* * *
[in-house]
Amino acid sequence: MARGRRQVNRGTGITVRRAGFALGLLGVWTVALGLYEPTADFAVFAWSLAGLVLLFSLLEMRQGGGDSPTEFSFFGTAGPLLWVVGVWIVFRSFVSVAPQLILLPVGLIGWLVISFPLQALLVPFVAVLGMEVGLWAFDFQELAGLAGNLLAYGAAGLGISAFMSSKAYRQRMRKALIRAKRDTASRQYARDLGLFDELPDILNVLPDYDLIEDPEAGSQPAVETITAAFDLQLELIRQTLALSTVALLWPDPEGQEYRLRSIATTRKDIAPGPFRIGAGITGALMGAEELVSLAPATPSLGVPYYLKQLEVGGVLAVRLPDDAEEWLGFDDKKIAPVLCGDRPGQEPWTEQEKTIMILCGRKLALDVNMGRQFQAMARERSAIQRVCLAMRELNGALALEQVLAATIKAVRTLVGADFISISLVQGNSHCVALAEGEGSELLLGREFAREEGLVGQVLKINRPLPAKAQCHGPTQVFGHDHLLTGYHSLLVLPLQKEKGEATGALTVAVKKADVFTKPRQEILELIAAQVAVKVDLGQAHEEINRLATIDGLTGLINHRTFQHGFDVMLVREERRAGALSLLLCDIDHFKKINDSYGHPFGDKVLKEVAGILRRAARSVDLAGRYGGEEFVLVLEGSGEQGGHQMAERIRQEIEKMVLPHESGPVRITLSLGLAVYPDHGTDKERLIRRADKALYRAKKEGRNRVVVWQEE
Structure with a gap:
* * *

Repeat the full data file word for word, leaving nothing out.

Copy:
[in-house]
Amino acid sequence: MARGRRQVNRGTGITVRRAGFALGLLGVWTVALGLYEPTADFAVFAWSLAGLVLLFSLLEMRQGGGDSPTEFSFFGTAGPLLWVVGVWIVFRSFVSVAPQLILLPVGLIGWLVISFPLQALLVPFVAVLGMEVGLWAFDFQELAGLAGNLLAYGAAGLGISAFMSSKAYRQRMRKALIRAKRDTASRQYARDLGLFDELPDILNVLPDYDLIEDPEAGSQPAVETITAAFDLQLELIRQTLALSTVALLWPDPEGQEYRLRSIATTRKDIAPGPFRIGAGITGALMGAEELVSLAPATPSLGVPYYLKQLEVGGVLAVRLPDDAEEWLGFDDKKIAPVLCGDRPGQEPWTEQEKTIMILCGRKLALDVNMGRQFQAMARERSAIQRVCLAMRELNGALALEQVLAATIKAVRTLVGADFISISLVQGNSHCVALAEGEGSELLLGREFAREEGLVGQVLKINRPLPAKAQCHGPTQVFGHDHLLTGYHSLLVLPLQKEKGEATGALTVAVKKADVFTKPRQEILELIAAQVAVKVDLGQAHEEINRLATIDGLTGLINHRTFQHGFDVMLVREERRAGALSLLLCDIDHFKKINDSYGHPFGDKVLKEVAGILRRAARSVDLAGRYGGEEFVLVLEGSGEQGGHQMAERIRQEIEKMVLPHESGPVRITLSLGLAVYPDHGTDKERLIRRADKALYRAKKEGRNRVVVWQEE
Structure with a gap: